“Founders are typically generous, visionary, bold, and creative, but the religions that ostensibly carry on their work often become the opposite: constricted, change-averse, nostalgic, fearful, obsessed with boundary maintenance, turf battles, and money. Instead of greeting the world with open arms as their founders did, their successors stand guard with clenched fists. Instead of empowering others as their founder did, they hoard power. Instead of defying tradition and unleashing moral imagination as their founders did, they impose tradition and refuse to think outside the lines. A religion that cuts itself off from the example of its founder while still bearing the founder’s name often becomes little more than a chaplaincy for other ideologies, offering its services to the highest bidder. No wonder so many religious folks today wear down, burn out, and opt out.“
As Brian shared those words, I was immediately taken to our text for this morning. Much like Jesus and the disciples, Paul (also considered a founder of our faith) was bestowing on his apprentice, Timothy, the fundamentals of pastoral ministry, but even more a warning on how one is to live the faithful life with integrity and impact.
Paul told Timothy…
Remember to be yourself (who God created you to be!) – something we all have a problem with in our world. Too often we want to be anyone but ourselves. And when we are not living our life out of the Imago Dei or the image of God inside us – we live a life that creates anything but what Paul describes as a “Righteous life.”
Instead we become what Brian described, “constricted, change-averse, nostalgic, fearful, obsessed with boundary maintenance, turf battles, and [yes] money.” Paul warned Timothy of this and many pastors and followers of Christ in general need to head his warning…
“Lust for money brings trouble and nothing but trouble. Going down that path, some lose their footing in the faith completely and live to regret it bitterly ever after.”
Money as well as its partners…power and control are far from the life that Jesus modeled…and Paul wants Timothy to know that going down that path leads to destruction.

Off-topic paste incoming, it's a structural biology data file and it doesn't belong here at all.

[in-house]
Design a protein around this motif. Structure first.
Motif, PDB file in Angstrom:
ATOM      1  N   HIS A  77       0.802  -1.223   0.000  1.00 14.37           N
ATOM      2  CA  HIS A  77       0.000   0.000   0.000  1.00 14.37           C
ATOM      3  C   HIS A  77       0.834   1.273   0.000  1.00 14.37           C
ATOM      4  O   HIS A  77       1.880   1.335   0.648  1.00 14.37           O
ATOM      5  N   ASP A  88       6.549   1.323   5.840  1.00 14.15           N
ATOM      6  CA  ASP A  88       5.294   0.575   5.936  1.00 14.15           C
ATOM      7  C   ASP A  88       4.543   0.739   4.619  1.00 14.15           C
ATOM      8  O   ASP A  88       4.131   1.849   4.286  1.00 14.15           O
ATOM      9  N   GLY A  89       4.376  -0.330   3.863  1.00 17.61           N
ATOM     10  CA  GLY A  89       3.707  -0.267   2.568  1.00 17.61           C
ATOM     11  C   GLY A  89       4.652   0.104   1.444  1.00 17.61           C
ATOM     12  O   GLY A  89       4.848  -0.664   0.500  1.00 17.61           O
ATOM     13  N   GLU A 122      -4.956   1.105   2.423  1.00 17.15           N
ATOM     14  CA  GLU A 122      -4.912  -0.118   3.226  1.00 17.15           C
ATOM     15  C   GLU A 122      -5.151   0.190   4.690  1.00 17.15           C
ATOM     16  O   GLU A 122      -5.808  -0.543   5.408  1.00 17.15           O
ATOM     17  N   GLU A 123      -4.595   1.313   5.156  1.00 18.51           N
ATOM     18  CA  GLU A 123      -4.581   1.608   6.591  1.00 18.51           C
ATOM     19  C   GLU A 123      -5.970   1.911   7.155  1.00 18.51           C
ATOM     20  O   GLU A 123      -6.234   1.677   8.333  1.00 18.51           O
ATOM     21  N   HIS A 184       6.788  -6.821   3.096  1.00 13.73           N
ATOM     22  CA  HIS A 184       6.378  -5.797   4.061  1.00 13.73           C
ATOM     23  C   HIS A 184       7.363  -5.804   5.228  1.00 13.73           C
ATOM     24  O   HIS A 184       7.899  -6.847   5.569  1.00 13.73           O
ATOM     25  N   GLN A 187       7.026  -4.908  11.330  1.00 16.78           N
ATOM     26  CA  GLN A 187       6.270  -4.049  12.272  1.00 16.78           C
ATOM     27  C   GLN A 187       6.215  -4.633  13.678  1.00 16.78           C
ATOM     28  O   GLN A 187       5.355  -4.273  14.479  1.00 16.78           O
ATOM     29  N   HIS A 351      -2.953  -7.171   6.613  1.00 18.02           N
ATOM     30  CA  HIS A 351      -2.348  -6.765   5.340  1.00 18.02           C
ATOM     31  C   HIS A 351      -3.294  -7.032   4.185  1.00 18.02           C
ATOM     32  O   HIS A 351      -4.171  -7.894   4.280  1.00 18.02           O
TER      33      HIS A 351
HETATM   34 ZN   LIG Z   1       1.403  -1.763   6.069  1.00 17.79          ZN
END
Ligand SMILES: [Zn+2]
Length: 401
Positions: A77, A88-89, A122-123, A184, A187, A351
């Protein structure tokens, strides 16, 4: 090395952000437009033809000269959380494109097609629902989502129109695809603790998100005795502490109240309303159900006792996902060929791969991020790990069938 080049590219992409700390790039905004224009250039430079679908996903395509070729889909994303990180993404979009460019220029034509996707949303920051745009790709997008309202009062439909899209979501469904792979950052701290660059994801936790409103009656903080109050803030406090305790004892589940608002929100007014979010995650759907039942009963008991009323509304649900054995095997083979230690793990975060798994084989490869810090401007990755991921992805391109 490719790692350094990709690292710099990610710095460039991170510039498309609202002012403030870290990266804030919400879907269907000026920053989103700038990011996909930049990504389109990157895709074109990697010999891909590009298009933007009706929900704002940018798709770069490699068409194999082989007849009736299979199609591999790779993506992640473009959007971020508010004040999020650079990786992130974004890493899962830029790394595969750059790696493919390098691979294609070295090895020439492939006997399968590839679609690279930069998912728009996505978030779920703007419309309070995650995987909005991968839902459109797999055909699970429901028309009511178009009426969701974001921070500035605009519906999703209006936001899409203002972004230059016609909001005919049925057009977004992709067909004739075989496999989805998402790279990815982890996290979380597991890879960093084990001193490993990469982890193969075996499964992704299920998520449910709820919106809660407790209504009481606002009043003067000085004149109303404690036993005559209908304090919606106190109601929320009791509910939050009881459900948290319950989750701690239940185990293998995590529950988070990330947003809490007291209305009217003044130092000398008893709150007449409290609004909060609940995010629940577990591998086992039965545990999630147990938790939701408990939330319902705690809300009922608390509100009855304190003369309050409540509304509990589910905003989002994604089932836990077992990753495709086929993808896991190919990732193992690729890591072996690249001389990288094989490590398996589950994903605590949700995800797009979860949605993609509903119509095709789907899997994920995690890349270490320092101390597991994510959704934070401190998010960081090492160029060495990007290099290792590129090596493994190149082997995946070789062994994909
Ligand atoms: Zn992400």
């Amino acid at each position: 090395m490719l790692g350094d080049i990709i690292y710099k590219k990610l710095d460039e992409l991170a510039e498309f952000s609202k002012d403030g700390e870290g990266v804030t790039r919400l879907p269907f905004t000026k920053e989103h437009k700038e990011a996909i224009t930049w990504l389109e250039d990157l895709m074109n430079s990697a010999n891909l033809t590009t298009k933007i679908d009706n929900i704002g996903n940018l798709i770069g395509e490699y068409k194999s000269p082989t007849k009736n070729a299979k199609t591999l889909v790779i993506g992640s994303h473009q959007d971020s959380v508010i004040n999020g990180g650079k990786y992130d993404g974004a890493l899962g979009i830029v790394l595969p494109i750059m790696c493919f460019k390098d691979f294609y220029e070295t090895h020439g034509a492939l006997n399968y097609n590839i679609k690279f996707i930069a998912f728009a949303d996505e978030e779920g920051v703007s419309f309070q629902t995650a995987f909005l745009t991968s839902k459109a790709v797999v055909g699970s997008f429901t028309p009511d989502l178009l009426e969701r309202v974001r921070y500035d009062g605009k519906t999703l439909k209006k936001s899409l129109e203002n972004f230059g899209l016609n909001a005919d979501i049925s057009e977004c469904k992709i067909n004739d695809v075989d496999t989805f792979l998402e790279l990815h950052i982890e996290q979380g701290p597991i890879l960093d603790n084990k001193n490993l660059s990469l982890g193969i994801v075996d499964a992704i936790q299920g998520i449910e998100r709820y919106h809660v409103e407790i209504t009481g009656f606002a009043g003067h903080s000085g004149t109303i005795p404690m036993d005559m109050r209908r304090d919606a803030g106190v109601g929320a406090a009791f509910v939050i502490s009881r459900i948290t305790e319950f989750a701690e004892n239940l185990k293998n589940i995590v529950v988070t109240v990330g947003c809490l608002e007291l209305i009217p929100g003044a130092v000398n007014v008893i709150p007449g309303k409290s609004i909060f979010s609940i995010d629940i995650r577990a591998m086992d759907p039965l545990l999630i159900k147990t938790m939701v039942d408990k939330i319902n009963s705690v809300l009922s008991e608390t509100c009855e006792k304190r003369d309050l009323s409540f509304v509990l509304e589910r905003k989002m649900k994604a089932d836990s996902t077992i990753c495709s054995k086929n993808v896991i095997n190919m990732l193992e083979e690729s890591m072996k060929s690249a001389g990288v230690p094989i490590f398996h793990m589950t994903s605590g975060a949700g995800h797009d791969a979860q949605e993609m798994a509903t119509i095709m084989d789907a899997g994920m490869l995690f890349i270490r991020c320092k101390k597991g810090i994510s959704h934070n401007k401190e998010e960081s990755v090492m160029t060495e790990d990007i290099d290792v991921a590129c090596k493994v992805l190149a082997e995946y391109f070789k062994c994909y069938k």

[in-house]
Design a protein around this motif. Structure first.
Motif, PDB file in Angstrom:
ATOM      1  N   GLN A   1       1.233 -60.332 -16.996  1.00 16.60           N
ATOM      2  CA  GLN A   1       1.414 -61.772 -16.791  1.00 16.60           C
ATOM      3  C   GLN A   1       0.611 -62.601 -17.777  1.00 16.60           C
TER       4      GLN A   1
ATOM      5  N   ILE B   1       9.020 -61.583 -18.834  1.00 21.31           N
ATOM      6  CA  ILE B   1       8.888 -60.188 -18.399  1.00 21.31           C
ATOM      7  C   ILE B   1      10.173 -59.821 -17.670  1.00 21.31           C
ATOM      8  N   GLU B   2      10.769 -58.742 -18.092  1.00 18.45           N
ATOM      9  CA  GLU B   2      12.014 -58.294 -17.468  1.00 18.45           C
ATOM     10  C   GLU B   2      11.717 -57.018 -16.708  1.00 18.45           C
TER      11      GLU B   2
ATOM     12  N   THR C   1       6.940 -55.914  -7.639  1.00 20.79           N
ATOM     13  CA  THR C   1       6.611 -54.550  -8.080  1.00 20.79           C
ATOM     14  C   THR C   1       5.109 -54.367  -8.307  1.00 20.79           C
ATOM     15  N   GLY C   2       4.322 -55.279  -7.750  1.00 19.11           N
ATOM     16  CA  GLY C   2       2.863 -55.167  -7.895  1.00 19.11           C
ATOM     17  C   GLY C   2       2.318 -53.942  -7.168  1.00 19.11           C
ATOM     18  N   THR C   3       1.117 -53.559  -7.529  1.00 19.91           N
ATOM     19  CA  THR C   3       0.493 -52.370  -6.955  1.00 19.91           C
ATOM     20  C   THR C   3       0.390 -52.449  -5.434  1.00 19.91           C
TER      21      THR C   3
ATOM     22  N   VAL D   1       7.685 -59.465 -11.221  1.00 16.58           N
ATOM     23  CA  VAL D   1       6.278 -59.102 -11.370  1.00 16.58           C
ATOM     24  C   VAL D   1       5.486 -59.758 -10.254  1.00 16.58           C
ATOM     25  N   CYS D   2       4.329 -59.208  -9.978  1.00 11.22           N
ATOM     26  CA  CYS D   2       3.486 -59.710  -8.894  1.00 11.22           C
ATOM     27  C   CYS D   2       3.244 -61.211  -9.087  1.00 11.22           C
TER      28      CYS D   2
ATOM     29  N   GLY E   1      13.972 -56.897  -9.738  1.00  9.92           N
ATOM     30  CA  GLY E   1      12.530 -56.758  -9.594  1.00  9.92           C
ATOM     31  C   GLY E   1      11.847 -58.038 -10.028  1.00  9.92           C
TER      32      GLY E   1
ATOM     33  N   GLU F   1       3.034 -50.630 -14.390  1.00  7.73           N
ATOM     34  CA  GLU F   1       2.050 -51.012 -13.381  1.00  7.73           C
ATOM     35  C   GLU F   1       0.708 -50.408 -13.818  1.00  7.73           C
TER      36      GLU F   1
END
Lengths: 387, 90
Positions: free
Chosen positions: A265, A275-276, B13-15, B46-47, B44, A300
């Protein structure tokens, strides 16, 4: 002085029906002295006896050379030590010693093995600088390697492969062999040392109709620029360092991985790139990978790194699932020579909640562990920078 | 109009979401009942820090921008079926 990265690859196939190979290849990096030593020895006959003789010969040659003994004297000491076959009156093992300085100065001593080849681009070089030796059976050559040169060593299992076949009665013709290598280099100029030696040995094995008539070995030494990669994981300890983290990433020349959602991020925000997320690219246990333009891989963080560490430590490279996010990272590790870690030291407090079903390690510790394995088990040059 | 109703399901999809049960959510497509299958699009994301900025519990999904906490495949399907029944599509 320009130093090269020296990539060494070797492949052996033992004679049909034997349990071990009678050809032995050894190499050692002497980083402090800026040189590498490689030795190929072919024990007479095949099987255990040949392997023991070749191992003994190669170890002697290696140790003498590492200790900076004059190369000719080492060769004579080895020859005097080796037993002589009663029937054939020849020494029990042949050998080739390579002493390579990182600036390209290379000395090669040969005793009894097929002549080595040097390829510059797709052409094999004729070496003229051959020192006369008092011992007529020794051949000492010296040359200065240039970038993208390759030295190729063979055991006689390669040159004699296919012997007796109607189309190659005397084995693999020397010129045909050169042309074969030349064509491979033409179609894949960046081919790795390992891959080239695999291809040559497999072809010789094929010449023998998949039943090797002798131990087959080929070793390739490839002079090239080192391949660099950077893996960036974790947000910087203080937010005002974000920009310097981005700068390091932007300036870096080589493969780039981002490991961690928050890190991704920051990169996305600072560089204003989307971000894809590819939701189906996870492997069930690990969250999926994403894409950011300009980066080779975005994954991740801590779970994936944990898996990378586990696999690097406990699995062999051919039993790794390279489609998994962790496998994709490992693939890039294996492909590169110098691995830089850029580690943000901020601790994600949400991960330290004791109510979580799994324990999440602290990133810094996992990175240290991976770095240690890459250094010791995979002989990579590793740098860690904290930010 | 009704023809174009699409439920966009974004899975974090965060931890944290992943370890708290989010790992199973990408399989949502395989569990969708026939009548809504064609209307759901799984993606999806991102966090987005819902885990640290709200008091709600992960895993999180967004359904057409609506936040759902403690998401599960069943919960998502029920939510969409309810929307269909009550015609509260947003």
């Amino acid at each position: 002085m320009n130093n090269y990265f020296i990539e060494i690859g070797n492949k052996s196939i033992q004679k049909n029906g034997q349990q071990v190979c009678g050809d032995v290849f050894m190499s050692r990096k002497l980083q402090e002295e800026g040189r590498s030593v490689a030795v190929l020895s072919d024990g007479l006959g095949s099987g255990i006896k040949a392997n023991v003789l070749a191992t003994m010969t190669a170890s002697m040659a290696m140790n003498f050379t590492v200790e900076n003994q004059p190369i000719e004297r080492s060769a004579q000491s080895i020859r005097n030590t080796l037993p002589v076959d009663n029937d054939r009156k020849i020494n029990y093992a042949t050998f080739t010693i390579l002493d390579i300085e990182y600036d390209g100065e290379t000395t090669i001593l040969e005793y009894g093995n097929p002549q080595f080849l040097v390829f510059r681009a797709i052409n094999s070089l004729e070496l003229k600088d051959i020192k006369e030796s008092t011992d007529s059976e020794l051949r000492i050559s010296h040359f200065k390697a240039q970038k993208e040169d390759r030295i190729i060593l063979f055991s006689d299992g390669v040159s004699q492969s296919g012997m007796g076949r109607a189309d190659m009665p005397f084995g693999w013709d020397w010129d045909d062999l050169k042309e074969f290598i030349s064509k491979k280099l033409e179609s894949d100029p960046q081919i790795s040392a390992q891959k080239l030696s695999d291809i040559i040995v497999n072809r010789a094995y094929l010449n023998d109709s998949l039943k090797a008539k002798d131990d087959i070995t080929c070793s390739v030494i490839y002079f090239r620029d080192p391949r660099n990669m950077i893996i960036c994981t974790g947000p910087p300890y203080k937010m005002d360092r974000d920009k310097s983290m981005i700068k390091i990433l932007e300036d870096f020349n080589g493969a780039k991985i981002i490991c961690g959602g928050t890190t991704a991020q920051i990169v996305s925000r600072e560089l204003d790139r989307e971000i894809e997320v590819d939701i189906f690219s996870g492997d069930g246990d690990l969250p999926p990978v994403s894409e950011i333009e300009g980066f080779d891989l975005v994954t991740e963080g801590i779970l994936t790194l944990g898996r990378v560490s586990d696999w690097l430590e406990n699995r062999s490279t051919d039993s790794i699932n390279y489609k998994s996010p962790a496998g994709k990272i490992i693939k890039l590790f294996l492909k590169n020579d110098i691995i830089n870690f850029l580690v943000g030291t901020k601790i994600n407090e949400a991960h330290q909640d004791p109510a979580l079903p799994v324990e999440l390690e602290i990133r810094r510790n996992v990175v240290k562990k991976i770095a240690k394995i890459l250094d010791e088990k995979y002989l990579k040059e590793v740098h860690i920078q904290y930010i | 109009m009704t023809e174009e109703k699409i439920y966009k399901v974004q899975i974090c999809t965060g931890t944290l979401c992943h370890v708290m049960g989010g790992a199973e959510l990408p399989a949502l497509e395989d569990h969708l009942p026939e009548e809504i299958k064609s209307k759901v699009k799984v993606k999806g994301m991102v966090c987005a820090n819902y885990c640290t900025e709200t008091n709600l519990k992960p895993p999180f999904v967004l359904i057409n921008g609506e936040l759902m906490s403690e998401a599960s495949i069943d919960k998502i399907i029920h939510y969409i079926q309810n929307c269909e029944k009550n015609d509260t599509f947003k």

Instead, Paul encourages Timothy to “Run for your life from all of this.”
This is coming from a man who was a living example of this very phrase. Paul himself had to turn from the money, power, control, manipulation and law-oriented nature of being a leader in the Sanhedrin. Paul understood the sacrificial nature of becoming a leader in the birthing church. And his example was Jesus Christ himself. And so he gives a charge to Timothy…
13-16 I’m charging you before the life-giving God and before Christ, who took his stand before Pontius Pilate and didn’t give an inch: Keep this command to the letter, and don’t slack off. Our Master, Jesus Christ, is on his way. He’ll show up right on time, his arrival guaranteed by the Blessed and Undisputed Ruler, High King, High God. He’s the only one death can’t touch, his light so bright no one can get close. He’s never been seen by human eyes—human eyes can’t take him in! Honor to him, and eternal rule! Oh, yes. Only a man who has stood his ground on what he believes. A man who embraced the wonder, was faithful, who loved beyond explanation, who set a steady course and did it all with honor and courtesy – this was a Righteous and Holy Man – this was Jesus folks!
And what Paul is saying is that when we live like Jesus - what Paul calls the eternal life, it brings the eternal into the NOW.
Paul’s warning seems rather simple.
● Don’t be full of yourself.
● Don’t be obsessed with money or __________ (fill in the blank).
Rather be like Jesus…live with
And as Paul finishes his first letter to Timothy, he says…
“Tell them to go after God, who piles on all the riches we could ever manage—to do good, to be rich in helping others, to be extravagantly generous. If they do that, they’ll build a treasury that will last, gaining life that is truly life.”
Margaret Wheatley realized that life comes from us making a change in how we act and feel and how we respond to those around us. After she asked “What can we do now to restore hope to the future?” she said this…
“I’ve found that I can only change how I act if I stay aware of my beliefs and assumptions. Thoughts always reveal themselves in behavior. As humans, we often contradict ourselves – we say one thing and do another. We state who we are, but then act contrary to that. We say we’re open minded, but then judge someone for their appearance. We say we’re a team, but then gossip about a colleague. If we want to change our behavior, we need to notice our actions, and see if we can uncover the belief that led to that response.”
I think as Quakers in our world today, we need to get honest and ask ourselves some tough queries:
● Are we contradicting ourselves? Do we act contrary to that in which we are called by God?
● Are we truly being ourselves?
● Are we trying to do good?
● Are we being rich in helping others?
● Are we extravagantly generous?
These are the queries I want us to ponder as we head into 2018.
Just maybe if we were doing those things well, we would not have so much worry in our lives. Maybe those problems wouldn’t seem so difficult. Maybe there would be less violence and more love and people would be valued above the color of their skin, their political power, or marketable influence in our world. Maybe there would be less conspiracy and more trust among us. And just maybe we would find more time for what really matters – like our family, friends, and community.
Or better yet, as Paul (through the eyes of Eugene Peterson) put it,
Just maybe we will gain a “life that is truly life.”